Helen Just (Eleni Kesaris)
Written by Helen’s daughter Penny Gleeson
My mother learnt. And then she taught others how to learn.
My mother's name, at her death, was Helen Just. At her birth, it was Eleni Kesaris. She was born in Filiates Hospital, Epirus in the North-West of Greece on 13 May 1951. A beautiful place. A poor place. A region full of history and legends, war and famine. All of this my mother, her parents and sister took with them on the ship 'The Skaugum' to Melbourne in 1955. In large and small ways that journey became part of her life, her children's and those that she taught.
Like many young immigrants, my mother was the first in her house to learn English. To go to the bank with her father as interpreter, to the hospital with her mother. In this new world, learning opened a conversation, a door, an ambition and a life. She revelled in the English language and literature.
In 1969 she enrolled in a Bachelor of Arts at La Trobe University. The first of her family to do so. She graduated in 1972 and went on to complete a Diploma and then Bachelor of Education. After graduating she taught while raising my brother, sister and I. But her engagement with education did not end. In 2002 she graduated with a Master of Applied Linguistics from The University of Melbourne. In 2004 she completed a Bachelor of Letters with first class honours in Chinese.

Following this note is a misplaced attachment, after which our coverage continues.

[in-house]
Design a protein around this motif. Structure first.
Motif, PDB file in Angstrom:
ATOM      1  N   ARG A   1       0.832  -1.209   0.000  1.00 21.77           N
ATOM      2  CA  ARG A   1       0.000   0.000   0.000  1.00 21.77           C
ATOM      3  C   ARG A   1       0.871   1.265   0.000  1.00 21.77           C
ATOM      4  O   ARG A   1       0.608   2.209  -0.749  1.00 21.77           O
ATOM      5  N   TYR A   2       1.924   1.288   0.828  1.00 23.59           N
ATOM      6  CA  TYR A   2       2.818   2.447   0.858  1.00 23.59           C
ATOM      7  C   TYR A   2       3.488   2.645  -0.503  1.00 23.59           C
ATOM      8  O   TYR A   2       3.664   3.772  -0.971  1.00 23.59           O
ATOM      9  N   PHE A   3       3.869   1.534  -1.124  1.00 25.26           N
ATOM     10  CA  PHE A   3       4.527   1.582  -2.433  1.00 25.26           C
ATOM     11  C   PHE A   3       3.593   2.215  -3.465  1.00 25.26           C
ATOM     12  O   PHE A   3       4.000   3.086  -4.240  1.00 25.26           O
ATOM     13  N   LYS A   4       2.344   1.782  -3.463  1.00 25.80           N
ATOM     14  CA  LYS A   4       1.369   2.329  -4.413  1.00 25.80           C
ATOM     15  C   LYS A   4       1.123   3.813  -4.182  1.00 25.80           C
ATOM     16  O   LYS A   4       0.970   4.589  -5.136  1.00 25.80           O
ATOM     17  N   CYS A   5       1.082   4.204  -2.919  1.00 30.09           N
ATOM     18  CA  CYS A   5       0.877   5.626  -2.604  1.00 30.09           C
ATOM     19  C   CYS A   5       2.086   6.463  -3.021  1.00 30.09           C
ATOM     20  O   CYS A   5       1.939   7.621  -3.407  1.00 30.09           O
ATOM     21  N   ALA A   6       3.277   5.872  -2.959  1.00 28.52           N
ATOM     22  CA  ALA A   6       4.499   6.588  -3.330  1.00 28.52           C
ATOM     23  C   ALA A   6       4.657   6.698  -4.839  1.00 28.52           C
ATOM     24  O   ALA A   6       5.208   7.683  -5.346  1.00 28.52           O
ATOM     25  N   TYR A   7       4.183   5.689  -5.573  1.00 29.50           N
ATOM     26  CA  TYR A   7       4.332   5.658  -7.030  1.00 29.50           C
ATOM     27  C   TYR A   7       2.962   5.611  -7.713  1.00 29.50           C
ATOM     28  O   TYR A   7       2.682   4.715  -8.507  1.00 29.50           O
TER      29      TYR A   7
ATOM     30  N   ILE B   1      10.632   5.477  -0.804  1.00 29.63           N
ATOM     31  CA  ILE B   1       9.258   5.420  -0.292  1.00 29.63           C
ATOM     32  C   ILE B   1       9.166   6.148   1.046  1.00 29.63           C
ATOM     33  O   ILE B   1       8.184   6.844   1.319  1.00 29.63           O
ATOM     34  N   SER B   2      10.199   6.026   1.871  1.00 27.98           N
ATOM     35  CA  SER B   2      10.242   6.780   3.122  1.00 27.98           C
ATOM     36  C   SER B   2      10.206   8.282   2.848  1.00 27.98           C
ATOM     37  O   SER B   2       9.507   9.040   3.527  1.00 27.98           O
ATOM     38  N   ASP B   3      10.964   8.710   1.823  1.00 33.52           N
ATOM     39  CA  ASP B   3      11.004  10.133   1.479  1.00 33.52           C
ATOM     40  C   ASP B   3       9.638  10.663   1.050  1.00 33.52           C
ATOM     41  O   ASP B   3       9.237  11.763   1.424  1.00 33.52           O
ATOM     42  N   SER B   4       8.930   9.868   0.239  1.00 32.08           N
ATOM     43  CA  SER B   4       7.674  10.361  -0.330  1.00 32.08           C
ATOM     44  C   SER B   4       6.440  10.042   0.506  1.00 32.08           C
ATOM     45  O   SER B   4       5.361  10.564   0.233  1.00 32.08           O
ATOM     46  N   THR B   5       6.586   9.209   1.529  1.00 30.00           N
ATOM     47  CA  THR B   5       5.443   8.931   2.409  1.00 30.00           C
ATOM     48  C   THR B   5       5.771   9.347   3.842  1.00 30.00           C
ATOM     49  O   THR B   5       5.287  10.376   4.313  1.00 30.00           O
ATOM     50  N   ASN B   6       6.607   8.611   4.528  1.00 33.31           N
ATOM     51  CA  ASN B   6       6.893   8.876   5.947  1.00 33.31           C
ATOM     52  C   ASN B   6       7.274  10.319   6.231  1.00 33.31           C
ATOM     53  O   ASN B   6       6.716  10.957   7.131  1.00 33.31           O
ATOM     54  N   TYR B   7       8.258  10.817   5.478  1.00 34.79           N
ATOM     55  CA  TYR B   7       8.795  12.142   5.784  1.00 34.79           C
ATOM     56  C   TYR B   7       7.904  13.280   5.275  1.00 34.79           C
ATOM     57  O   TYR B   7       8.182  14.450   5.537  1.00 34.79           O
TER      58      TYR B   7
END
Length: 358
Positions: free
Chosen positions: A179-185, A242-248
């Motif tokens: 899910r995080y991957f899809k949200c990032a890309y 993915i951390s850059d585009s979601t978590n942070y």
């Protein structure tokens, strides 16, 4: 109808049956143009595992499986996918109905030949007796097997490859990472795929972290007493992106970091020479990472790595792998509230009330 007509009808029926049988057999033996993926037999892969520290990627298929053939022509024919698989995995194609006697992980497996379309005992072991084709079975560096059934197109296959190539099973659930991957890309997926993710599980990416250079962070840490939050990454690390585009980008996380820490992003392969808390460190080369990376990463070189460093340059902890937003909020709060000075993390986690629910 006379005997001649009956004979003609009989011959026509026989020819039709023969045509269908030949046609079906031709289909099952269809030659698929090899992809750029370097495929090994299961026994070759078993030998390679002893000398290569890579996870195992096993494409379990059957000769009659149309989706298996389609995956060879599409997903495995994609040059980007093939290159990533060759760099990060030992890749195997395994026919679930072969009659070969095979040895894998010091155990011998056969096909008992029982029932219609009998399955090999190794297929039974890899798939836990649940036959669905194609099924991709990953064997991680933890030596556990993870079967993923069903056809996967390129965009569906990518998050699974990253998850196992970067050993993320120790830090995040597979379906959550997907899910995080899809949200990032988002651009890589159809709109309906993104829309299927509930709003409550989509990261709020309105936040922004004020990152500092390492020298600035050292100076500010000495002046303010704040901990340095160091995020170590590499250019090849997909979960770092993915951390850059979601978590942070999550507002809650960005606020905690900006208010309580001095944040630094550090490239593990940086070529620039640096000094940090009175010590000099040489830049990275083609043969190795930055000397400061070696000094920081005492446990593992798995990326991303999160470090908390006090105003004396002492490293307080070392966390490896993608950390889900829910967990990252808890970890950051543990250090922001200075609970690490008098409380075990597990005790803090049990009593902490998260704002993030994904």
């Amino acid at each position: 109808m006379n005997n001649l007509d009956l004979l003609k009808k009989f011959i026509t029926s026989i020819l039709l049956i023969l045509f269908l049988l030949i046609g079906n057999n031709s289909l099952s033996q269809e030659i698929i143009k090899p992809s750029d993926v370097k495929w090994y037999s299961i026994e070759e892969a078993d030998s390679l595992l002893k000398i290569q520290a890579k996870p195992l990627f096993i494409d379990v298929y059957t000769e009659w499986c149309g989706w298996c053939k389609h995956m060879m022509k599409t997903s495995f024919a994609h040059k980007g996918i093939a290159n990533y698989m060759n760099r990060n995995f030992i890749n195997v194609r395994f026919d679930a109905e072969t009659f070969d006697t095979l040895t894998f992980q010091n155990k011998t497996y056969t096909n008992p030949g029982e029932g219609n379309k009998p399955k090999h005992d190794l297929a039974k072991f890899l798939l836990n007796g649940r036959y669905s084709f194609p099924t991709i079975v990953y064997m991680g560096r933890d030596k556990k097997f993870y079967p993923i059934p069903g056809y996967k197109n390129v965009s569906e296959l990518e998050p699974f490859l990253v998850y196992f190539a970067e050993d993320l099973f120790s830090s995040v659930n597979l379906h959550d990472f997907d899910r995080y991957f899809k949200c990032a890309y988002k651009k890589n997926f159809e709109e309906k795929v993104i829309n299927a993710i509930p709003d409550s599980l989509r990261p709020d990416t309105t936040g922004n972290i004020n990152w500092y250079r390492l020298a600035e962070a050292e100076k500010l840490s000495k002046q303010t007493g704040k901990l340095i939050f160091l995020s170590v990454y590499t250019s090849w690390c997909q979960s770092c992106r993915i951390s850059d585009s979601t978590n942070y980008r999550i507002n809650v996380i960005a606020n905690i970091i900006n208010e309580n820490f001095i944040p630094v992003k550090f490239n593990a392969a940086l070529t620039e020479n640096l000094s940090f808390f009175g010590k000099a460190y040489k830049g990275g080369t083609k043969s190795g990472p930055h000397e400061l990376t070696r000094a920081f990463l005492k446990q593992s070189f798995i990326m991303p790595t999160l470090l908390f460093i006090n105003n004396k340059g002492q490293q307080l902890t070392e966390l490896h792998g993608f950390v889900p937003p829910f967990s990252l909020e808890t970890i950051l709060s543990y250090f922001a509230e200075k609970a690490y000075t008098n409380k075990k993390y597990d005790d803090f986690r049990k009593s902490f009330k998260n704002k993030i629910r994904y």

Her interests in linguistics, cross-cultural communication and Chinese language and society spilled into her working life. Her final professional role was as a Lecturer of English for Academic Purposes at Trinity College, Melbourne University.
She was dedicated to students whose journey in many ways mirrored her own, who saw education as a source of hope and new paths. More than many, she knew that education was a gift that could not be taken lightly. For my siblings and I that gift was understanding that knowledge was a place that could be visited and re-visited for discovery, connection, comfort and sheer joy.
Our mother passed away in December 2009. Months before that, after hearing upsetting medical news, she drove to the University of Melbourne as intended and enrolled in a PhD.
For her, learning was a life force. And we are grateful every day for her, and its, legacy.